Friesen CA, Schurman JV, Colombo JM, et al. Eosinophils and mast cells as therapeutic targets in pediatric functional dyspepsia. World J Gastrointest Pharmacol Ther. 2013;4:86–96.
Du L, Chen B, Kim JJ, Chen X, Dai N. Micro-inflammation in functional dyspepsia: a systematic review and meta-analysis. Neurogastroenterol Motil. 2018;30:e13304.
Yuan HP, Li Z, Zhang Y, et al. Anxiety and depression are associated with increased counts and degranulation of duodenal mast cells in functional dyspepsia. Int J Clin Exp Med. 2015;8:8010–4.
Wang X, Li X, Ge W, et al. Quantitative evaluation of duodenal eosinophils and mast cells in adult patients with functional dyspepsia. Ann Diagn Pathol. 2015;19:50–6.
Friesen CA, Lin Z, Singh M, et al. Antral inflammatory cells, gastric emptying, and electrogastrography in pediatric functional dyspepsia. Dig Dis Sci. 2008;53:2634–40.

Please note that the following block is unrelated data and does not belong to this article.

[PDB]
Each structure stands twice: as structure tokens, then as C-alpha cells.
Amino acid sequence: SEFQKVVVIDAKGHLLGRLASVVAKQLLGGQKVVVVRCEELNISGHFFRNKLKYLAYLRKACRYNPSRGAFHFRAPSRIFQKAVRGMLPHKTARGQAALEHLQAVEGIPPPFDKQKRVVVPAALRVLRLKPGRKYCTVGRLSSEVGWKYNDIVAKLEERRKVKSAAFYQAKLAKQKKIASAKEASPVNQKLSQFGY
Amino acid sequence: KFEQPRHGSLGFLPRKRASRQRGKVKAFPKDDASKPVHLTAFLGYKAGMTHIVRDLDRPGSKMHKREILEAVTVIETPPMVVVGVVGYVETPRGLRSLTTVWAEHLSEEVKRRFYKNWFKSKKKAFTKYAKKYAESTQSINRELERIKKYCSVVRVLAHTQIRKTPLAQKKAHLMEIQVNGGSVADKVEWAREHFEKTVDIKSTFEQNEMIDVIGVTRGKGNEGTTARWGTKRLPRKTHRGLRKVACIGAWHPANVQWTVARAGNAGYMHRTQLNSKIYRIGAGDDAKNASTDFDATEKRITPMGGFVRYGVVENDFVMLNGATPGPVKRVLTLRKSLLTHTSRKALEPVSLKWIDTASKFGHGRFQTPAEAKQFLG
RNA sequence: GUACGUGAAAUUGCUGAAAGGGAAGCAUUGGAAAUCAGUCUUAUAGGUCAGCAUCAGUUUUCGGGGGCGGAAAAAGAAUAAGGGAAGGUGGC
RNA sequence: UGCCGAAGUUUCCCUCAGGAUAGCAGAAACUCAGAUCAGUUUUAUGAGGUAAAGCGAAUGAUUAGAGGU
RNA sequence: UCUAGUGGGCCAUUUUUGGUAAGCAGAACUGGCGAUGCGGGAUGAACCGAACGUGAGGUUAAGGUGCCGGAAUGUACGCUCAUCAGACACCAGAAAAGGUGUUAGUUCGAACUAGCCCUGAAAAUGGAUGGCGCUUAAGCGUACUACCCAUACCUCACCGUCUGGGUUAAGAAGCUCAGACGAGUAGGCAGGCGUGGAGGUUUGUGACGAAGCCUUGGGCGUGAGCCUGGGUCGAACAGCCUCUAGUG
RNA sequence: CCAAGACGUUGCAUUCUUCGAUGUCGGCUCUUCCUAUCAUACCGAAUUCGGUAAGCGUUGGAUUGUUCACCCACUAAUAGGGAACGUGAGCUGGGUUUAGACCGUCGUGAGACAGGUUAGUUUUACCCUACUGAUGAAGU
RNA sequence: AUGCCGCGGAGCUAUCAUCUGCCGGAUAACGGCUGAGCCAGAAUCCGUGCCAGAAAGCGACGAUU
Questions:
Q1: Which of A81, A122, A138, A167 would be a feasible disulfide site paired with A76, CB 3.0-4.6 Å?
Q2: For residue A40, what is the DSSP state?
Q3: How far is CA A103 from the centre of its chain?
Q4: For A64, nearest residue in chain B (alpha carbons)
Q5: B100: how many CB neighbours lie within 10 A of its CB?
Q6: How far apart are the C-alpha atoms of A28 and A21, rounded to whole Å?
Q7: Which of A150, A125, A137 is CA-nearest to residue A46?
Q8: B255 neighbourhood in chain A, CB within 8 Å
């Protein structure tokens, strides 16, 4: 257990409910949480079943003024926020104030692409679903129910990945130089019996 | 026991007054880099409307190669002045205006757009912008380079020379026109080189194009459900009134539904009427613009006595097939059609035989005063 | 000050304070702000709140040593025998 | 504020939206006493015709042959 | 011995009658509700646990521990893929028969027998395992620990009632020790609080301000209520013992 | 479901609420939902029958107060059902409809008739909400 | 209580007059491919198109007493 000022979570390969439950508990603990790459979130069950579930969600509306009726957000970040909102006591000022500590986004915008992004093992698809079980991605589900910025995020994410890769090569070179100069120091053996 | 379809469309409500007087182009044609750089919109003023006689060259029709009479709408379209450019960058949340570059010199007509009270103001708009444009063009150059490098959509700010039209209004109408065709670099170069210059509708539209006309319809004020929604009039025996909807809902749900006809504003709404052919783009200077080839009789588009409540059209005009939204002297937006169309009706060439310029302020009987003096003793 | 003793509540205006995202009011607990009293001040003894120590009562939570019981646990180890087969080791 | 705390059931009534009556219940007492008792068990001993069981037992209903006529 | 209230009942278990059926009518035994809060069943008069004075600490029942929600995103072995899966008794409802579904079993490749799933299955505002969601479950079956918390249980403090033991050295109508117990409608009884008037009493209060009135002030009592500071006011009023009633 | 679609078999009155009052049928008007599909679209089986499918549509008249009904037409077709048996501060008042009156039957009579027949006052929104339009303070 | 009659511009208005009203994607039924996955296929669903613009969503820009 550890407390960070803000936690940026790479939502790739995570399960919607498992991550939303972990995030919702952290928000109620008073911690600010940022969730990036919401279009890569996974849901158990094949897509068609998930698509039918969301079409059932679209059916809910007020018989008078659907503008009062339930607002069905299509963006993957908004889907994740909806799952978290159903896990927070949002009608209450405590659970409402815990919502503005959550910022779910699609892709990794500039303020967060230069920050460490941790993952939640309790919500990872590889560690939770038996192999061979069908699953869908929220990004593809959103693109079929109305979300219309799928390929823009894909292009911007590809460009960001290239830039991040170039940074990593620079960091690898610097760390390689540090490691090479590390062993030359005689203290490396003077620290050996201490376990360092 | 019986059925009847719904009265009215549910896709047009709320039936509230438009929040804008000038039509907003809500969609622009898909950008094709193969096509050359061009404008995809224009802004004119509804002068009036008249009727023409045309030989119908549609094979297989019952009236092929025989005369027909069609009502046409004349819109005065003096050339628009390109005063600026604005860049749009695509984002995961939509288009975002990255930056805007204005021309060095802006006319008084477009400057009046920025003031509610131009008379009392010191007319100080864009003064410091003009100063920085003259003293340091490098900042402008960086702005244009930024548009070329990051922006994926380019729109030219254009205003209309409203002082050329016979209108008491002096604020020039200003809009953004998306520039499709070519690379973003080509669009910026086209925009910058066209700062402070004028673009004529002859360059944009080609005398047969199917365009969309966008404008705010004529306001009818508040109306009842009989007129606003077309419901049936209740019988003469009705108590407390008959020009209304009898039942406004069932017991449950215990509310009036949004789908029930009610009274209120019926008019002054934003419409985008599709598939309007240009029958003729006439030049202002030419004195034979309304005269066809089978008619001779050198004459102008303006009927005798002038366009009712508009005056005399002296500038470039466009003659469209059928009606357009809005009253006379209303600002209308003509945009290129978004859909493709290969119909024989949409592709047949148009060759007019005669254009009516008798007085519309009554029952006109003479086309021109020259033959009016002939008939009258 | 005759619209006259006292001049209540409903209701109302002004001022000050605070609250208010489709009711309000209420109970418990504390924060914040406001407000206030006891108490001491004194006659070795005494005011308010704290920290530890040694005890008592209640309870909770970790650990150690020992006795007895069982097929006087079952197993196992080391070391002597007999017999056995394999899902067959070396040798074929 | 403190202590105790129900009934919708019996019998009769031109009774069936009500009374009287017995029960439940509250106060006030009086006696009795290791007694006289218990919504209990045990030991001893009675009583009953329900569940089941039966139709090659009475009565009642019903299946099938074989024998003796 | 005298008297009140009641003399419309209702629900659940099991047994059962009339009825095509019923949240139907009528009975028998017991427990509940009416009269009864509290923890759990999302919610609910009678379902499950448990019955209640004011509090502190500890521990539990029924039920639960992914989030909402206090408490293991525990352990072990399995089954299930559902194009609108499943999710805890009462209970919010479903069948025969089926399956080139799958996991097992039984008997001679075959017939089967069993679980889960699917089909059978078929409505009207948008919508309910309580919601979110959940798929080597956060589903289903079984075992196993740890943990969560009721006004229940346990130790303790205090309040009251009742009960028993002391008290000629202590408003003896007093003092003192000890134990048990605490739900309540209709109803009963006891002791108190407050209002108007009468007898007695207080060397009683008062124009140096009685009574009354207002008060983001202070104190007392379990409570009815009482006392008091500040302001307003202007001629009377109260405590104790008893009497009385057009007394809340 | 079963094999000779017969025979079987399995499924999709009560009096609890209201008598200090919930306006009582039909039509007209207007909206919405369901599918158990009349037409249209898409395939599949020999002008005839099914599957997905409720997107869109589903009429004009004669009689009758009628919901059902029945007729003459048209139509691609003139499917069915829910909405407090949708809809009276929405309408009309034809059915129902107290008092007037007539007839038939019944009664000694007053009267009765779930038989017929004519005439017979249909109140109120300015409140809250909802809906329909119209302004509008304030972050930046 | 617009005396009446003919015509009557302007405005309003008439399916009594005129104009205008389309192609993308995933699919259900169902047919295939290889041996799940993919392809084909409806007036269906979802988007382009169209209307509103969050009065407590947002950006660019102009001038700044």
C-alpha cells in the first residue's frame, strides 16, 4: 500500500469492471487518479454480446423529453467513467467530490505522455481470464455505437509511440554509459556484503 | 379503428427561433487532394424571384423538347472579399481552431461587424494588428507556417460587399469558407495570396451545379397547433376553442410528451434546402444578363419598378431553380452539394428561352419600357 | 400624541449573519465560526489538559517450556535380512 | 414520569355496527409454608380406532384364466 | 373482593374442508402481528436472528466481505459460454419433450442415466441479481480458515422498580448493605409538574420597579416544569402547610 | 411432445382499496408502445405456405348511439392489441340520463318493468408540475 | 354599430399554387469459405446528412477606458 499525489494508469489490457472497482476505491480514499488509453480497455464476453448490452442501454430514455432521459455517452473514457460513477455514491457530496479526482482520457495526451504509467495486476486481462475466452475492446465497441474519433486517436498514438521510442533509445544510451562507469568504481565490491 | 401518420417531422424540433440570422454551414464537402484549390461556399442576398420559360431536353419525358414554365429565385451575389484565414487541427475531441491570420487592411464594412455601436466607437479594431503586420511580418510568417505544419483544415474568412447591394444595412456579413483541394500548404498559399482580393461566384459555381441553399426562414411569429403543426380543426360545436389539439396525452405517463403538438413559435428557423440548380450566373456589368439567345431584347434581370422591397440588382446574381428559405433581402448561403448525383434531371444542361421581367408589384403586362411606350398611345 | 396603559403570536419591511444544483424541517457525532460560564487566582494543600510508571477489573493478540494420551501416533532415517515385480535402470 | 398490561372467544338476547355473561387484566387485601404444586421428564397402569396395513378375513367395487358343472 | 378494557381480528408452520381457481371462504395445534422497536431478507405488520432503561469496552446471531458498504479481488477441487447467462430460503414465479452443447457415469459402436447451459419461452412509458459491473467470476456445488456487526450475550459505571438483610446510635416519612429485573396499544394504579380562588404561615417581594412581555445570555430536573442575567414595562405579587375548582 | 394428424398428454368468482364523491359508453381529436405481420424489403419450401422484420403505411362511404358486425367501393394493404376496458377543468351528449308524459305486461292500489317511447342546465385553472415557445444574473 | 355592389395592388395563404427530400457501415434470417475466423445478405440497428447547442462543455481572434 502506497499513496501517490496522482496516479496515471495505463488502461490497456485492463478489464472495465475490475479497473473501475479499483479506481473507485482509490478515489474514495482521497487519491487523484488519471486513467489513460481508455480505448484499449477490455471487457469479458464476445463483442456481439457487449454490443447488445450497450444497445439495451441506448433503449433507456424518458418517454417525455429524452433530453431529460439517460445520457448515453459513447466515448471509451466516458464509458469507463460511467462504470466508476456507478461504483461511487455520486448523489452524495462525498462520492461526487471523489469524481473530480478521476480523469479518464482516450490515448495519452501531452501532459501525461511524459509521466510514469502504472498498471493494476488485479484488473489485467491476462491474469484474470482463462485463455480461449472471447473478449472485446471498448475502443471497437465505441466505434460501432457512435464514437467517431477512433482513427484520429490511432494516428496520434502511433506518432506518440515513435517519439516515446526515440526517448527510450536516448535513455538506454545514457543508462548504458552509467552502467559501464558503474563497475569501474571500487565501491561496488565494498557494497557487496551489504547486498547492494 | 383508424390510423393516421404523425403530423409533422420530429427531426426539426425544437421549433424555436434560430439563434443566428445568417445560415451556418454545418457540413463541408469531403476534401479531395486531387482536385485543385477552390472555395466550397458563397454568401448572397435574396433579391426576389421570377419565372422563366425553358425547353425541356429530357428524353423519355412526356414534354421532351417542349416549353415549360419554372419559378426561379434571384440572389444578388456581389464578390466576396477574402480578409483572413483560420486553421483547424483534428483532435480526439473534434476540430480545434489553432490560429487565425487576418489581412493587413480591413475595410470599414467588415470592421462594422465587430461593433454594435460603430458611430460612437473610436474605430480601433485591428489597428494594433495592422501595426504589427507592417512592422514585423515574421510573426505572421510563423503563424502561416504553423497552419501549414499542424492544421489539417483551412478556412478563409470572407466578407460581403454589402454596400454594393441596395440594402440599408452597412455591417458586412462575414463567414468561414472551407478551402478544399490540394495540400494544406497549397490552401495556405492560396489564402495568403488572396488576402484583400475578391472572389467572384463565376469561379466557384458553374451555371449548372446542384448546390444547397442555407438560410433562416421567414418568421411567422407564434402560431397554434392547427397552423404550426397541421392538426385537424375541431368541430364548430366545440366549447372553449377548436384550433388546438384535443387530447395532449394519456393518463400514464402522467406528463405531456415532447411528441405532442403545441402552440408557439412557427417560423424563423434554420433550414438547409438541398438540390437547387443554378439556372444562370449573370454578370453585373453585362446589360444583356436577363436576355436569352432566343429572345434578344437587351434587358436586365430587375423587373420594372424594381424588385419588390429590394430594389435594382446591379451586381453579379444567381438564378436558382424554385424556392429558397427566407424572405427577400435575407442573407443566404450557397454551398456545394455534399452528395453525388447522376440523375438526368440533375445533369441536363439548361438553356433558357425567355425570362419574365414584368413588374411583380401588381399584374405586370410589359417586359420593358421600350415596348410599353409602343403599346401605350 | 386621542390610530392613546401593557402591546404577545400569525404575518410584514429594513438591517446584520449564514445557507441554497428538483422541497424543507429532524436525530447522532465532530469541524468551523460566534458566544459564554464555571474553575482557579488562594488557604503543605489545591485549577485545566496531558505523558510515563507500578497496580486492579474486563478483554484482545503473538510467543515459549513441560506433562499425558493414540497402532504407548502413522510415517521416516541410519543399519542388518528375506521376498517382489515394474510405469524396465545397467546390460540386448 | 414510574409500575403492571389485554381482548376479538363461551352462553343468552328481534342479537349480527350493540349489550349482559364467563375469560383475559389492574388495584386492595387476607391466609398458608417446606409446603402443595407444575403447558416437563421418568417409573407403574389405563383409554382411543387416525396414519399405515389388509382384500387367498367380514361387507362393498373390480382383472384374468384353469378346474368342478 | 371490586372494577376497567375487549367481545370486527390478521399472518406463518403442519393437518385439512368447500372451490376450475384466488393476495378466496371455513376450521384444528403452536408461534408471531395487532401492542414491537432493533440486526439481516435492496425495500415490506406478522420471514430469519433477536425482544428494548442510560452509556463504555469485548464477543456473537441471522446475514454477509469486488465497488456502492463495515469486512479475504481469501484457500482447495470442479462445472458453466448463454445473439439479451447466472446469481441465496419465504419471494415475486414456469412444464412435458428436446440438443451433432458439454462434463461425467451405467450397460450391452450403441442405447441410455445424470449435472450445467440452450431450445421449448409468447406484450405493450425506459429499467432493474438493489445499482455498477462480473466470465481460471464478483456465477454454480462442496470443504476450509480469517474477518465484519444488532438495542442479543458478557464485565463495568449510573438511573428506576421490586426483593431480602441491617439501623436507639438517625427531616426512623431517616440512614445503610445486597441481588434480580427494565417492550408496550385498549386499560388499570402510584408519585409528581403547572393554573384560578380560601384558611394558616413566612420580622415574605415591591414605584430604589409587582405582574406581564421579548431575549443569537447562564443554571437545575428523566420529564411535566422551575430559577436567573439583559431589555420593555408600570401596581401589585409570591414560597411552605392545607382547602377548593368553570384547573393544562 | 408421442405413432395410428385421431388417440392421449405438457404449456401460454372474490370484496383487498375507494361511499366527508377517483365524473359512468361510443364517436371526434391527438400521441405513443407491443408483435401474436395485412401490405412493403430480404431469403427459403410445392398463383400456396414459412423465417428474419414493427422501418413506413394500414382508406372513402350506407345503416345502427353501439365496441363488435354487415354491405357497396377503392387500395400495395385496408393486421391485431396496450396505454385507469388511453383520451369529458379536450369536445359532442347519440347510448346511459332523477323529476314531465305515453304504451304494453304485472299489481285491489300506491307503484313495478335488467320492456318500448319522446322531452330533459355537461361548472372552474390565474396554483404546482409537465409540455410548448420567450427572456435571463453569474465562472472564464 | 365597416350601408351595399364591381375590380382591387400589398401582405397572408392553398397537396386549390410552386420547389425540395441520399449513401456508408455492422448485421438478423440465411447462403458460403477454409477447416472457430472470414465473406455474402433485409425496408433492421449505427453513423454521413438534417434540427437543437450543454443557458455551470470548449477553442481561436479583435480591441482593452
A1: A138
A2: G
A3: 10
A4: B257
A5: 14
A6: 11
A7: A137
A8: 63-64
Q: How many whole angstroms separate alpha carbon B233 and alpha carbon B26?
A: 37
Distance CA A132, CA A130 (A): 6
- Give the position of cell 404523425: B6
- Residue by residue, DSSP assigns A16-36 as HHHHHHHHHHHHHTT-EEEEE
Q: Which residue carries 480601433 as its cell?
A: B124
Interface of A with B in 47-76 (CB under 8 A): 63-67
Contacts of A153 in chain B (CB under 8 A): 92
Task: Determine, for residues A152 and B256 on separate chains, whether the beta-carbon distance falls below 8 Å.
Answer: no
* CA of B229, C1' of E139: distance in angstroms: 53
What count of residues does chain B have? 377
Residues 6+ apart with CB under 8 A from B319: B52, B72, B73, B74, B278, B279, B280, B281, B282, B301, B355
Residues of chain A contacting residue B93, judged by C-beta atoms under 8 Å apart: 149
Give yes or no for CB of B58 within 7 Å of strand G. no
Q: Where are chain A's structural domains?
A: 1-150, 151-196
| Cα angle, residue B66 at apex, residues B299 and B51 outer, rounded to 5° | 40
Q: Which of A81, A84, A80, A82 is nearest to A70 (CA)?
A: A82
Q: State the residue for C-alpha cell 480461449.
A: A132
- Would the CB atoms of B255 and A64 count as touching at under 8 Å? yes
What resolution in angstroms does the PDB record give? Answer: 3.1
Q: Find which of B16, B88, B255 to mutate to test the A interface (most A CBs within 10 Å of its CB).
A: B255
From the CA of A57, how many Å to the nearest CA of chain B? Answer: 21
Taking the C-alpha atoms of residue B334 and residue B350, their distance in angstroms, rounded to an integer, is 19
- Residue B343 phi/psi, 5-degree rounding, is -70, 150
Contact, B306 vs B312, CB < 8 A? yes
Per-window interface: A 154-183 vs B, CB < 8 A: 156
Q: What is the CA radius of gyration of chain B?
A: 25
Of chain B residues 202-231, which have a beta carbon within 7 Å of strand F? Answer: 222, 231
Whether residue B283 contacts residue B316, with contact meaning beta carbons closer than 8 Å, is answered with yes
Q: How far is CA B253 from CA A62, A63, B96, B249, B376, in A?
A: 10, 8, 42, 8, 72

Song S, Song Y, Zhang H, Li G, Li X, Wang X, Liu Z. Increased counts and degranulation of duodenal mast cells and eosinophils in functional dyspepsia- a clinical study. Med Glas (Zenica). 2015;12:107.
Sokol H, Georgin-Lavialle S, Canioni D, et al. Gastrointestinal manifestations in mastocytosis: a study of 83 patients. J Allergy Clin Immunol. 2013;132:866–73.
Frieri M, Patel R, Celestin J. Mast cell activation syndrome: a review. Curr Allergy Asthma Rep. 2013;13:27–32.
Conti P, D’Ovidio C, Conti C, et al. Progression in migraine: role of mast cells and pro-inflammatory and anti-inflammatory cytokines. Eur J Pharmacol. 2018;844:87–94.
Kutty GR, Downs-Kelly E, Crispin HT, Peterson KA. Elevated tryptase in EoE is an independent phenomenon associated with extra-esophageal symptoms. Dig Dis Sci. 2019;64:152–7.
Fortunato JE, Wagoner AL, Harbinson RL, D’Agostino RB Jr, Shaltout HA, Diz DI. Effect of fludrocortisone acetate on chronic unexplained nausea and abdominal pain in children with orthostatic intolerance. J Pediatr Gastroenterol Nutr. 2014;59:39–43.
Russell AC, Stone AL, Walker LS. Functional nausea in children: a review of the literature and need for diagnostic criteria. Children (Basel). 2016. https://doi.org/10.3390/children3010005.